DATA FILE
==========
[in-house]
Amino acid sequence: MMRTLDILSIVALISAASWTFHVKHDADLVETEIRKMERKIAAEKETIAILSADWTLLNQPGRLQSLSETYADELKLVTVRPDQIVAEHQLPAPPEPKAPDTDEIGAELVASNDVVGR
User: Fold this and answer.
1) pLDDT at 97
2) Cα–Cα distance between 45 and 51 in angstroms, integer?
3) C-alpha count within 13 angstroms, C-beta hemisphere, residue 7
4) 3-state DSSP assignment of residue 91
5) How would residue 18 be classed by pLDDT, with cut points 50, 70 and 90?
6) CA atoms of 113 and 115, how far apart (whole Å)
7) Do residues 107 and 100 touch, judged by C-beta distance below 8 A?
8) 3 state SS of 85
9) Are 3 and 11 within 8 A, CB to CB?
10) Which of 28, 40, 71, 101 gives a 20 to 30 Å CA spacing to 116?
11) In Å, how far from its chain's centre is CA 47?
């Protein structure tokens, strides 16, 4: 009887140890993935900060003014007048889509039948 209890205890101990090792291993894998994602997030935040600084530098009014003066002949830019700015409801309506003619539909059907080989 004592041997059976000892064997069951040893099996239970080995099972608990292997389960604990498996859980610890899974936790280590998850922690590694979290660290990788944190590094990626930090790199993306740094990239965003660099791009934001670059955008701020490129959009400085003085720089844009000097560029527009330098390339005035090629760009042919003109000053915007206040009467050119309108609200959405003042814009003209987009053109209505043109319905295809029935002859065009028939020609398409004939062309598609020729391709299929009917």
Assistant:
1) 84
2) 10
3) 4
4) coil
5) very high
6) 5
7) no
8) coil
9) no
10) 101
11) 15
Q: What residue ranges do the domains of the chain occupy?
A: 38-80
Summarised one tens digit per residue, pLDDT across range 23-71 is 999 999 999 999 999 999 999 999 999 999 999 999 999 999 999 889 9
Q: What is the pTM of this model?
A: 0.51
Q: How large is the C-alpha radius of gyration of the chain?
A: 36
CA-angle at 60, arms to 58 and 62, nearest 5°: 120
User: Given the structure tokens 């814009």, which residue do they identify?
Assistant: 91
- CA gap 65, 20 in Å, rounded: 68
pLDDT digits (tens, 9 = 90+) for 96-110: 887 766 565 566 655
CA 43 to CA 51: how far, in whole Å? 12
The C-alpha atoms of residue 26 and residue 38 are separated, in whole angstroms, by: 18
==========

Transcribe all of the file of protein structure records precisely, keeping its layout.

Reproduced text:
[in-house]
Amino acid sequence: MMRTLDILSIVALISAASWTFHVKHDADLVETEIRKMERKIAAEKETIAILSADWTLLNQPGRLQSLSETYADELKLVTVRPDQIVAEHQLPAPPEPKAPDTDEIGAELVASNDVVGR
User: Fold this and answer.
1) pLDDT at 97
2) Cα–Cα distance between 45 and 51 in angstroms, integer?
3) C-alpha count within 13 angstroms, C-beta hemisphere, residue 7
4) 3-state DSSP assignment of residue 91
5) How would residue 18 be classed by pLDDT, with cut points 50, 70 and 90?
6) CA atoms of 113 and 115, how far apart (whole Å)
7) Do residues 107 and 100 touch, judged by C-beta distance below 8 A?
8) 3 state SS of 85
9) Are 3 and 11 within 8 A, CB to CB?
10) Which of 28, 40, 71, 101 gives a 20 to 30 Å CA spacing to 116?
11) In Å, how far from its chain's centre is CA 47?
């Protein structure tokens, strides 16, 4: 009887140890993935900060003014007048889509039948 209890205890101990090792291993894998994602997030935040600084530098009014003066002949830019700015409801309506003619539909059907080989 004592041997059976000892064997069951040893099996239970080995099972608990292997389960604990498996859980610890899974936790280590998850922690590694979290660290990788944190590094990626930090790199993306740094990239965003660099791009934001670059955008701020490129959009400085003085720089844009000097560029527009330098390339005035090629760009042919003109000053915007206040009467050119309108609200959405003042814009003209987009053109209505043109319905295809029935002859065009028939020609398409004939062309598609020729391709299929009917």
Assistant:
1) 84
2) 10
3) 4
4) coil
5) very high
6) 5
7) no
8) coil
9) no
10) 101
11) 15
Q: What residue ranges do the domains of the chain occupy?
A: 38-80
Summarised one tens digit per residue, pLDDT across range 23-71 is 999 999 999 999 999 999 999 999 999 999 999 999 999 999 999 889 9
Q: What is the pTM of this model?
A: 0.51
Q: How large is the C-alpha radius of gyration of the chain?
A: 36
CA-angle at 60, arms to 58 and 62, nearest 5°: 120
User: Given the structure tokens 């814009």, which residue do they identify?
Assistant: 91
- CA gap 65, 20 in Å, rounded: 68
pLDDT digits (tens, 9 = 90+) for 96-110: 887 766 565 566 655
CA 43 to CA 51: how far, in whole Å? 12
The C-alpha atoms of residue 26 and residue 38 are separated, in whole angstroms, by: 18